Camp Mulla Member

 

Very few people knew they existed before 2010 as their debut single Low wasn’t received well in the industry. Then comprising of Mykie Toni and rappers Shappa Man (then known as Young Kass) and Taio Tripper, Camp Mulla came to be back in 2009 before Miss Karun and K’Cous joined them in 2011.

However, 2012 was their breakthrough year. Emerging from the blue, they took the industry by surprise with their big ego hit Party Don’t Stop, Camp Mulla made a first by becoming Kenya’s first group to ever be nominated in the BET Awards.

That same year, they had just swept the Chaguo La Teeniez Awards and the space was theirs for the taking as everyone labeled them the Black Eyed Peas of Africa.

Even though critics had branded them bubblegum artistes, within no time, they took over the local showbiz scene and gained continental favour, becoming Africa’s fastest growing group as they started distributing their music via ReverbNation, SoundCloud and SoundClick. Then came the big dip.

The multi talented urban contemporary group hit a dead rock after Miss Karun and Taio Tripper left the group as the vocally endowed Miss Karun launched her solo career, even leaving the country for her further studies in the USA.

Unknown to many, contrary to the common believe that the remaining Camp Mulla members; the likes of Kus Ma and Shappa, still hold the group together, Camp Mulla actually ceased to exist.

Speaking to Pulse, the brains behind the Camp Mulla success Suzanne Gachukia, who is the CEO, Sub Sahara Limited, the surviving members of the celebrated group have been working hard to build their identity as solo artistes.

One year after the break-up, Suzanne says it has not been easy for the members to come in terms with the fact that they are no longer a group.

“It is true that people still view them as Camp Mulla wherever they go to perform but I think this really hurts the image they want to create; that they are now solo artiste. We have been working hard to recreate their images, to give each member an identity as a solo artiste,” Suzanne told Pulse.

“They are not a band anymore as much as they do many collabos together and appear in concerts where they do concerts together. It is only that they have been together for long and that each is trying to push the other’s brand up, including Tiri, who is an amazing artiste,” she remarks.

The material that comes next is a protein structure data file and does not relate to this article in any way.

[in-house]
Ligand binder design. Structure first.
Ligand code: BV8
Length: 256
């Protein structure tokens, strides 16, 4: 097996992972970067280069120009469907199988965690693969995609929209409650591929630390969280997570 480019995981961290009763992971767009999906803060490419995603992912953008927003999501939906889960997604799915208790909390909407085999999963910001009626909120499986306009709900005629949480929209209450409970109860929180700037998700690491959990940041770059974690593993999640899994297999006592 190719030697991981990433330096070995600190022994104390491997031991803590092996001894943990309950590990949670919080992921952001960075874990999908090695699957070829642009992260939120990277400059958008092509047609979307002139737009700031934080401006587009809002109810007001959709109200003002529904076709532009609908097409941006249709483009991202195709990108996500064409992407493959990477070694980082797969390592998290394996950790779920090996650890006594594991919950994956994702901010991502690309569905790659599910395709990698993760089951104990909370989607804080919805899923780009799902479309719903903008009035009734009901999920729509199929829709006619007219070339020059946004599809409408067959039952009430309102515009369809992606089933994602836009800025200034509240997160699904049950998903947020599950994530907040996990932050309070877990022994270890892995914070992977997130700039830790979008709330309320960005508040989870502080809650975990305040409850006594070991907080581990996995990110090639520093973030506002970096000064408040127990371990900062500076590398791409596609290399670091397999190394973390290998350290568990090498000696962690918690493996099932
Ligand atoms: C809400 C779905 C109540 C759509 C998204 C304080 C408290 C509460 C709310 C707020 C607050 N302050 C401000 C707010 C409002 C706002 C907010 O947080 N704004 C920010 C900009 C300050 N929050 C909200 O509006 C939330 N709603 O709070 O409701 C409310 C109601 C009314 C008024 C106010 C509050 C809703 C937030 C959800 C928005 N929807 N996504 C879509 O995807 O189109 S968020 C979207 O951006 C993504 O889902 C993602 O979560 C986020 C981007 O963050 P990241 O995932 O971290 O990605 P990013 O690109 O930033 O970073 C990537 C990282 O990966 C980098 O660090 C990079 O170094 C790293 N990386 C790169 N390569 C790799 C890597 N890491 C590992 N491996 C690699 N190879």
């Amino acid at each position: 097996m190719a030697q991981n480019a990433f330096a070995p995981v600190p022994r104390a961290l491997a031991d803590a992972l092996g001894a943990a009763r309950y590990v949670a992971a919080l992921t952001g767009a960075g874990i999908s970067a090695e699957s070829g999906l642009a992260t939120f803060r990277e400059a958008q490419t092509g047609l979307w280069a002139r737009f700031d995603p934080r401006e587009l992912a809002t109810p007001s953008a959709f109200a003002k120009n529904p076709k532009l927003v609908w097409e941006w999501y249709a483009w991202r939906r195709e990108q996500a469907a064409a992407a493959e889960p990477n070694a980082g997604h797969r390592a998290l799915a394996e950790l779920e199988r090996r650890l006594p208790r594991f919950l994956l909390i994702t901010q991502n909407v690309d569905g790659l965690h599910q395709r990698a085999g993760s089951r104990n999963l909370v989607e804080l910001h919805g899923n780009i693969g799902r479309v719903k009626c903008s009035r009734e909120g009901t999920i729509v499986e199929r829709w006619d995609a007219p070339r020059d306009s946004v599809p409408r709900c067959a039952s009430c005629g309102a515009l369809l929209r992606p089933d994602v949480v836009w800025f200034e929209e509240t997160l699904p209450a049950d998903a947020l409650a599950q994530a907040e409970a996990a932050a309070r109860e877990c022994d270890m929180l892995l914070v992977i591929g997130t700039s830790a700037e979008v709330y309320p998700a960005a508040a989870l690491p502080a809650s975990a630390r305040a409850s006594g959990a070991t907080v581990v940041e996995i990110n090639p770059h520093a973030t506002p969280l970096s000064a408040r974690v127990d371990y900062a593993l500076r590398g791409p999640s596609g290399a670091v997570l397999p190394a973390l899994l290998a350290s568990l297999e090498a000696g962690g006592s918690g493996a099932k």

According to Suzanne, all Camp Mulla former members have accepted to start again from the scratch and are now trying to fuse off the pressure from anyone who tries to view them as a band.

“The truth is that Camp Mulla had a big fan base and as much as they had all the exposure, things are now different for all of them as they have to market themselves as individual artistes. It is interesting how this has made each of them mature up musically, working on solo projects,” the Sub Sahara boss, who is also naturing a number of new talents, responds.

“They still own the old songs as a group and there has never been a problem arising from that. But as much as their fans want them to remain Camp Mulla, that could be impossible,” she notes.

Almost a year after the group members parted ways, each of them has released a single but none of the songs has received as much hype as the previous songs they had released as Camp Mulla.

And is this competition in which each member is trying to cut an edge causing friction among them as it has been rumoured?

“Not really. The chaps are very close friends and that can be noticed through the collabos they have released. There is no beef among them. The truth is, professionally, it takes about seven months for a solo artiste to cut a niche and grow his or her own edge once you leave a band. Soon, you will be able to see the strength each posses as a solo artiste,” says Suzanne.

“Their new material is getting good feedback from deejays and fans. We are pushing each single and every project as a solo act. We are slowly getting back on top,” she concludes.